I’ve found my departure gate, at the end of the terminal. It’s pleasant here, very quiet and serene. This makes me more than a little self-conscious about the frequent sniffles that my histamine attacks bring on, and reminds me continuously that I am still living on the histamine threshold, the invisible and variable boundary water between “Normal/OK” and “Misery”. Much like my Asperger’s/autistic characteristic of black-and-whiteness, there’s little in-between on the histamine front, too.
This histamine stuff also brings into annoying awareness the realization that I did indeed forget something when I was packing for this trip: my posh, premium tissues. Kleenex–the tough, sturdy kind with the lotion built in. I have a pocket/purse-packet of the basic type, but that just won’t do. I know these things; I have a lot of experience.
It does not matter how thoroughly I pack, how short my trip is going to be, how many scenarios and virtual what-if games I walk myself through, how heavy or stuffed-to-capacity my suitcase turns out to be, or how many times I agonize and “Rain-Man” the crap out of my pack-list; there is a fourth Newton’s Law of Nature:
I’m going to forget something. Usually just one thing. But something. Every. Single. Time. Without fail. It’s a universal constant. Maybe it’ll even get its own Greek letter.
But hey, at least my gate is quiet, the odds of which would put a Vegas Casino to shame. Except for my sniffling, all is calm, all is bright. (I’ll take a moment now to apologize to my gate-mates for being That Guy, the one–and there’s always one–who makes repetitive, incessant noise. An annoying type of noise, too, because it’s not loud enough to lodge a complaint or protest, small enough that one would probably feel like a dick for saying anything, but it still grates nonetheless. I know. I’m sorry. Believe me, if I could have, I would have checked my immune system at the door. Or allowed the security agents to confiscate it. Seriously.)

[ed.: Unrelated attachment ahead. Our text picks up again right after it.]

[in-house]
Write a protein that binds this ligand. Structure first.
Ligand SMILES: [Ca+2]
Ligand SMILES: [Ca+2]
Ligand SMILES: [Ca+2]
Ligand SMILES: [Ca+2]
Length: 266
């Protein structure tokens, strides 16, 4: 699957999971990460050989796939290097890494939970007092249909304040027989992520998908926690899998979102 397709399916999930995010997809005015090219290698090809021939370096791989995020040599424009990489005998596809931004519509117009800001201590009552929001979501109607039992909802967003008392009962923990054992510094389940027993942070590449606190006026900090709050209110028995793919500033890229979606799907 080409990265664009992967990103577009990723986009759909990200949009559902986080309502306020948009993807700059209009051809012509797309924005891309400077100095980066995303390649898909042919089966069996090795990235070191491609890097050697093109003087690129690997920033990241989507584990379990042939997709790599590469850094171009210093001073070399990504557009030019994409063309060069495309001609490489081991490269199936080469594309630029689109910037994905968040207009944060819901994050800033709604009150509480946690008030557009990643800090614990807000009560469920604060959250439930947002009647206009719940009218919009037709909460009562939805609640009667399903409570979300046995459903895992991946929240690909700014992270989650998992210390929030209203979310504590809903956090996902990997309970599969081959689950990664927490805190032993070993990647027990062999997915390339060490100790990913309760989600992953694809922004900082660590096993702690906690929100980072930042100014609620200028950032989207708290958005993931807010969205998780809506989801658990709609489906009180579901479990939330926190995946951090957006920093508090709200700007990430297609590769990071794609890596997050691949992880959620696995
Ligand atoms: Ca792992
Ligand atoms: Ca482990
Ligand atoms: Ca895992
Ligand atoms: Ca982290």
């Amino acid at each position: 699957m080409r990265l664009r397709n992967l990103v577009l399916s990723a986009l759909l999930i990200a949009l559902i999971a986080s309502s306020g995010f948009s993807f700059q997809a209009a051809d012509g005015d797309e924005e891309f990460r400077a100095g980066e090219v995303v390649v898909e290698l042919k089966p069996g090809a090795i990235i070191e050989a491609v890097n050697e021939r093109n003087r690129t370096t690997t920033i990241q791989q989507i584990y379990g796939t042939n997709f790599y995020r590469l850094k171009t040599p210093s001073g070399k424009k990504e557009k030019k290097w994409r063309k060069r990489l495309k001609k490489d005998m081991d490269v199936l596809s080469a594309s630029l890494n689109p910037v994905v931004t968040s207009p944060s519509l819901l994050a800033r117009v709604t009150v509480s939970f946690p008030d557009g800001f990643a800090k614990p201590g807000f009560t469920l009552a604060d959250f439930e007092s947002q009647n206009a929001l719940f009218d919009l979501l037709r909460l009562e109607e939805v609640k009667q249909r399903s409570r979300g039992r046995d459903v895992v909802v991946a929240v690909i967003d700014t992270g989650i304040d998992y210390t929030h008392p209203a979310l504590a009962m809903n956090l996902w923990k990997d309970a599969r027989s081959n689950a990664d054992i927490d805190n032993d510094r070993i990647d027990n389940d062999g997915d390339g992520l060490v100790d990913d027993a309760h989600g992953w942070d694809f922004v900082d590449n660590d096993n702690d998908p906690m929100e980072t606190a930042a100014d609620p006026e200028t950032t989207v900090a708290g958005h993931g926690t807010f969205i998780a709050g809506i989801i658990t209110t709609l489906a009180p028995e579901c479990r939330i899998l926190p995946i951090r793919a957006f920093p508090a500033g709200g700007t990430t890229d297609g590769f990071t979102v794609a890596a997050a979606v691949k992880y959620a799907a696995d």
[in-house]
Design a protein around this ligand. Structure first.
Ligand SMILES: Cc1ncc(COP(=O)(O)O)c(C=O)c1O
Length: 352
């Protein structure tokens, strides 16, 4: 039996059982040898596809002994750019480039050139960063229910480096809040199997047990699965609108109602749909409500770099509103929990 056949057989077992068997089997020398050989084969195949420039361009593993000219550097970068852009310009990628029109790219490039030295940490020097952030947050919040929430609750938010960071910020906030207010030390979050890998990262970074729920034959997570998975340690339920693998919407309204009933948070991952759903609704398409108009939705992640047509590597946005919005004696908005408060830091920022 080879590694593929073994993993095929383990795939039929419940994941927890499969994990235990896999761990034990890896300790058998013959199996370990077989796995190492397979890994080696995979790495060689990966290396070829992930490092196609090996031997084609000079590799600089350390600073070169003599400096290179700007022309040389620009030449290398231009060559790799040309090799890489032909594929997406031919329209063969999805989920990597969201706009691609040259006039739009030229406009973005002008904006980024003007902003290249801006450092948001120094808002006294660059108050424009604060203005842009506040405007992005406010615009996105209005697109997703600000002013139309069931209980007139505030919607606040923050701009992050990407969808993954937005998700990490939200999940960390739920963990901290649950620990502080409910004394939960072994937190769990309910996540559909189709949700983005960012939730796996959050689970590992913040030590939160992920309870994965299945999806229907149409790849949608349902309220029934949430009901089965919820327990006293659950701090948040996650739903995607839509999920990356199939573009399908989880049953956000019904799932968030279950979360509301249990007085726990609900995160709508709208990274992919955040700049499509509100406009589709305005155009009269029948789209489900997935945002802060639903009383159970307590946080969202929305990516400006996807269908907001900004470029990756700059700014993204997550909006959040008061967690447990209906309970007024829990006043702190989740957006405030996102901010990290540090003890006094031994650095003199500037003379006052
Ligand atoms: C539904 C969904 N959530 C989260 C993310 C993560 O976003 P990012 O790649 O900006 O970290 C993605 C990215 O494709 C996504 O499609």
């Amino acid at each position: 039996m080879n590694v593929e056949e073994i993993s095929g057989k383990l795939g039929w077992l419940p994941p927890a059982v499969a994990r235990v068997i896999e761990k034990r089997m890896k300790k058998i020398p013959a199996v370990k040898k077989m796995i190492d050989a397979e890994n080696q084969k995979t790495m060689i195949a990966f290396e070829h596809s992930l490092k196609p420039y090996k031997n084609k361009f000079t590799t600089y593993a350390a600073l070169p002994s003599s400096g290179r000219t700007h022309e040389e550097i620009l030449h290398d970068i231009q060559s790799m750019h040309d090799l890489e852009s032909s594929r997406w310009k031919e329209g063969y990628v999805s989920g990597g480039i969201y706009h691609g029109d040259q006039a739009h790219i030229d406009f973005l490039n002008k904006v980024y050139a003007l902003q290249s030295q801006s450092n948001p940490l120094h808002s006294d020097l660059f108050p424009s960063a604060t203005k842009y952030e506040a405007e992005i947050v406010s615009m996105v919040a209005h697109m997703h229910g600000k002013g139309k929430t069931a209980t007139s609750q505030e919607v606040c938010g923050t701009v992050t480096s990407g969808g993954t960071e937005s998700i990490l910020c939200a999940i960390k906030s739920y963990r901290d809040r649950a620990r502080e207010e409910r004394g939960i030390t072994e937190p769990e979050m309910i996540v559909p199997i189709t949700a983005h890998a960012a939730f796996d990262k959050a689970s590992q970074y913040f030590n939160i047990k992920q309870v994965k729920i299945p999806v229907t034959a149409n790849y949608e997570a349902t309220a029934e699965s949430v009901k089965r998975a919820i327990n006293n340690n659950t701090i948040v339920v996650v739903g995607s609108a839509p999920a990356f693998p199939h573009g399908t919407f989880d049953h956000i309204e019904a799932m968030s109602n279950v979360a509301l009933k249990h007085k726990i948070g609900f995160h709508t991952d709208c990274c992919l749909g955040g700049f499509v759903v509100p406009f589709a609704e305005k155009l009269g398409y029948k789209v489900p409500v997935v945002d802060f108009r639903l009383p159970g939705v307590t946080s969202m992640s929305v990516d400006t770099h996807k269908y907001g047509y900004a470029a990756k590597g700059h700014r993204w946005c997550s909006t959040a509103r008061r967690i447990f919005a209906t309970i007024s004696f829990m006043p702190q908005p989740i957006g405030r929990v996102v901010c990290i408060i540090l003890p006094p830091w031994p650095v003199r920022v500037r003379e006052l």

But hey, if it makes anyone feel any better, I did just pop a single-action Benadryl. FunFact: I can indeed swallow those puppies without water. They’re not even coated on the outside for easy lubrication. I’m just that awesome. Or something.
My gate remains remarkably sparsely populated. Obviously, this is a relief. I should go to Los Angeles more often. I thought that with the number of California plates I see on the road in The Alamo City, I thought for sure I would be walking into a packed flight. But maybe not.
A couple agents at the gate are talking with unseen people via walkie-talkie. My spiny senses, and my cynicism senses, start to tingle somewhat.
My motto pops back into my head, having lain dormant for the past five months since my last trip (might as well consider this another universal constant, Newton’s Fifth Law):
I’m flying; therefore, I’m delayed.
Seriously, both themes–the flight delays and the forgetting something–are so reliable they hold a candle to the Atomic Clock in Boulder (Colorado).
I’m never sure what the holdup will be, but I’ve been the hapless traveler in many a situation: mechanical trouble with the aircraft, flight crew bumping up against their legal work limits, missing flight crew, severe weather, inspection issues, and so on. I’ve had flights canceled on me so many times I’ve lost count.